In 2014, we wrote a rather extensive blog post on what wood is right for you. We were often asked what wood we recommended for a customer. We couldn't really tell people what wood was best for them because for every customer, there are different needs and wants. We decided to give the customer information to make a more educated choice for what they might prefer in their custom cutting board. This time we are separating the wood blog into 2 posts; darker woods, and lighter woods. The woods in the lighter category we recommend for engravings that require more contrast such as photos, recipes, and fine detail designs as well as The contrast of a lighter wood and a dark engravings make it a great choice for readability and fine design work.
Side Note - when I reference a "hardness" of the wood, I am referencing the Janka hardness scale that measures wood for its denting and wear. The higher the janka rating, the more durable the wood is.
Maple is the standard wood of choice for most professional chefs. It is what is typical known as the "standard" in cutting boards and chopping blocks. It burns beautifully, and almost any design, especially photographs and hand written recipe boards, turn out beautifully. The lighter white wood contrasts beautifully with the dark brown burned wood. Maple is a very hard and very dense wood, but is good to professional knives. It's easy to clean and take care of without concerns of warping or splitting. Its an excellent choice! Hardness is 1450.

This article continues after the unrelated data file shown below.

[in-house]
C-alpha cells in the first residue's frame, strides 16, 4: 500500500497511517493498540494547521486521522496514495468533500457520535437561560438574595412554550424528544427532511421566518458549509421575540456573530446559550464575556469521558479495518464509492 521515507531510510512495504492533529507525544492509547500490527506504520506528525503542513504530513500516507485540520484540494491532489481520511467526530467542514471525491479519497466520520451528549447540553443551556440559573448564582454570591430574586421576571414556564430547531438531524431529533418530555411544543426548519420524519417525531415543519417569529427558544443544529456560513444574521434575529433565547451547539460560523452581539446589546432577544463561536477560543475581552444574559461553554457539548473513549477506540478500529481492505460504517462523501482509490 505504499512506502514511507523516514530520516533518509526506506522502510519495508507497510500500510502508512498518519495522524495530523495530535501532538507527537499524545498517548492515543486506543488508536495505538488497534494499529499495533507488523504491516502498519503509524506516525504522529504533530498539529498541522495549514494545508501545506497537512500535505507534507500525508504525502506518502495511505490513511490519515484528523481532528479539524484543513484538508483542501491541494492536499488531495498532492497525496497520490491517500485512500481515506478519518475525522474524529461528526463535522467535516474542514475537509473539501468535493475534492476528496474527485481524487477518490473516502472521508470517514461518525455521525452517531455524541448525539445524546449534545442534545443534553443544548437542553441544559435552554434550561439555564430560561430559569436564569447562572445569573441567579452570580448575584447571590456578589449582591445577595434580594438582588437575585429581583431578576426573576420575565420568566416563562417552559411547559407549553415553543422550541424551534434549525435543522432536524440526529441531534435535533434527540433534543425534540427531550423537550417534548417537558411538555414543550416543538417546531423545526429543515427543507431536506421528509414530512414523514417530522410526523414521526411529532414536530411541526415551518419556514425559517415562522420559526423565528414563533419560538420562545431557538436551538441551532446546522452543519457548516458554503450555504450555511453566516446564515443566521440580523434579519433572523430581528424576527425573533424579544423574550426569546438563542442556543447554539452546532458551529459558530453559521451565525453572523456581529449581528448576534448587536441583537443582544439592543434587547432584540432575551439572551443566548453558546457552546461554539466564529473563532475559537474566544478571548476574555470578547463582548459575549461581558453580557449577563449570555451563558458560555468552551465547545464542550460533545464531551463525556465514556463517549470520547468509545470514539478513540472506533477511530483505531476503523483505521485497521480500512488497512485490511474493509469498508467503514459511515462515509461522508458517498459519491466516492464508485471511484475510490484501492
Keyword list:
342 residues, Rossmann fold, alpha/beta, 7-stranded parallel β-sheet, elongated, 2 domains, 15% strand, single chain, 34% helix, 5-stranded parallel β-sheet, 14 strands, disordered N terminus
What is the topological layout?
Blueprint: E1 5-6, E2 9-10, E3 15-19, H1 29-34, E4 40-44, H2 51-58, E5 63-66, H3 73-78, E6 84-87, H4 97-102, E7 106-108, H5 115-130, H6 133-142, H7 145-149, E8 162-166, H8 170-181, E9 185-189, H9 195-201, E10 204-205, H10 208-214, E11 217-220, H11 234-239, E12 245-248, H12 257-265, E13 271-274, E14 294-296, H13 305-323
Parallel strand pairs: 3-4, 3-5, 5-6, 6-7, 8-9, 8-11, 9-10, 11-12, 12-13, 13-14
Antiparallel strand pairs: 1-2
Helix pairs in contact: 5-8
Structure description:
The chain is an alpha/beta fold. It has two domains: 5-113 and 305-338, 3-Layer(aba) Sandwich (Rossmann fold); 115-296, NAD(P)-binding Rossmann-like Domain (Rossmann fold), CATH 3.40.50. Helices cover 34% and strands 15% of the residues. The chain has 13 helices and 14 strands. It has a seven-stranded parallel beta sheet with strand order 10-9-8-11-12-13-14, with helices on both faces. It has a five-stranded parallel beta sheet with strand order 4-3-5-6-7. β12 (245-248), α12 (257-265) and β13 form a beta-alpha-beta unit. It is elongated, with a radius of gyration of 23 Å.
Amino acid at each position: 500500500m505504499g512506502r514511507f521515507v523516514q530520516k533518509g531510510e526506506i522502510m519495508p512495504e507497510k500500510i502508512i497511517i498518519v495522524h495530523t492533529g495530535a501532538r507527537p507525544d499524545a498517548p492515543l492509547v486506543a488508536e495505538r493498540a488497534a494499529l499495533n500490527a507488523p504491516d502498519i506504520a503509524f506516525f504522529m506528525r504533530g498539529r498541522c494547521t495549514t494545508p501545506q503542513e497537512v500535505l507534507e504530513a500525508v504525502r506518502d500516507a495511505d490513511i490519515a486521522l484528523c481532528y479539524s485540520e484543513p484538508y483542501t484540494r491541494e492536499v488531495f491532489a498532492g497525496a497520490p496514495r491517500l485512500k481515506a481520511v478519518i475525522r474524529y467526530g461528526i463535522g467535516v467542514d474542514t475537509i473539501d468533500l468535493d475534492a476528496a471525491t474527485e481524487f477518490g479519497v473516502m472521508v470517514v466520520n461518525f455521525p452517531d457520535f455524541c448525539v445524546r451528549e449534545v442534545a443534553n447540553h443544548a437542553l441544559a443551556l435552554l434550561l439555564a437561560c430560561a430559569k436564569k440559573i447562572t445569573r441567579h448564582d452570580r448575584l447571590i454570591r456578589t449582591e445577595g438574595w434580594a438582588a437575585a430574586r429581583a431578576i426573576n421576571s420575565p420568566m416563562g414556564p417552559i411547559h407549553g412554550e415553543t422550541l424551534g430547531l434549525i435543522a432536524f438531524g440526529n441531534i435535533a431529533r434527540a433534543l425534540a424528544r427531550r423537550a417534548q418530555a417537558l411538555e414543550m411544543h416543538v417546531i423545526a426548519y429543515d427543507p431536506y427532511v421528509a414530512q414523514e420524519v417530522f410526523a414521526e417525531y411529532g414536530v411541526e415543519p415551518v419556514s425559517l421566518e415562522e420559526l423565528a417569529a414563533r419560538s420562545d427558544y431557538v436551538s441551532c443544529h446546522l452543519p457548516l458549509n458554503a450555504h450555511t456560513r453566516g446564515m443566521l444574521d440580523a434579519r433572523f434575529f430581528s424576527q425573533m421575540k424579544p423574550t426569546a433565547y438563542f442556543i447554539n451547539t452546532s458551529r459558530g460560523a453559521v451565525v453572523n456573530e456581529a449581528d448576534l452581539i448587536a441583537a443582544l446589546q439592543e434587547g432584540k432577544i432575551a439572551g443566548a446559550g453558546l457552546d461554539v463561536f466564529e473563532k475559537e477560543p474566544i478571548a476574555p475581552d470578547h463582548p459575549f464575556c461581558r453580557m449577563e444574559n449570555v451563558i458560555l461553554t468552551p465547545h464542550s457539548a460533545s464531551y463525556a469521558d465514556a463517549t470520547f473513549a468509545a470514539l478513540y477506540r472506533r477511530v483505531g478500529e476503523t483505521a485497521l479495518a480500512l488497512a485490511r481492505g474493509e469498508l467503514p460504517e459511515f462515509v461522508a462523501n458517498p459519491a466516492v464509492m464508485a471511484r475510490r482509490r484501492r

Beech is a beautiful, yet under appreciated wood. Solid, minimal graining, heavy, and is great on knives. It burns beautifully, with a great contrast in the wood. We recommend this wood for use with our photograph engravings, a recipe board, or images with a lot of detail. The type of beech we use in our products, is European Steamed Beech. As with maple, it has a hardness of 1450 which is incredibly resilient. Beech is an excellent choice for hardness, wear-resistance, and strength.
Cherry is a much loved wood in the U.S.. We don't stain our cherry wood, so people are often surprised how light colored some cherry pieces can be. A lot of people confuse a cherry stain with cherry wood. Cherry is a beautiful wood, which does age with time and care. I personally have a cherry board I use regularly, and once a month I treat it with our Conditioner. After just one year of use, that board is a very dark, aged piece of cherry, and even with the knife marks, looks amazing (for a photo see blog post "It's not just words). As you can see cherry engraves beautifully. It burns a deep read color, which makes for a beautiful contrast. Hardness of American Cherry is 950, so not as hard as some of the other woods we carry, but beautiful nonetheless.
Bamboo is a favorite of many customers! It's eco friendly and easy to care for. It also contrasts beautifully. Unlike many other engraved cutting board engravers, all of our boards are made here locally utilizing 3 different wood workers. However, ALL bamboo is imported. It is not grown anywhere in the USA commerically. There are a few areas in Central and South America, but not commercially available. So beware of anyone that says it is locally sourced. We offer our standard style board (seen in the photo), a mixed bamboo (dark in the middle and lighter on the side) style, and a paddle board. Bamboo is one of the most unique plants on earth. Some species of bamboo can grow up to a foot a day! Most bamboo will engrave a dark caramel color like shown. But as it is a grass, the engraving can vary depending on the hardness of the species that was grown.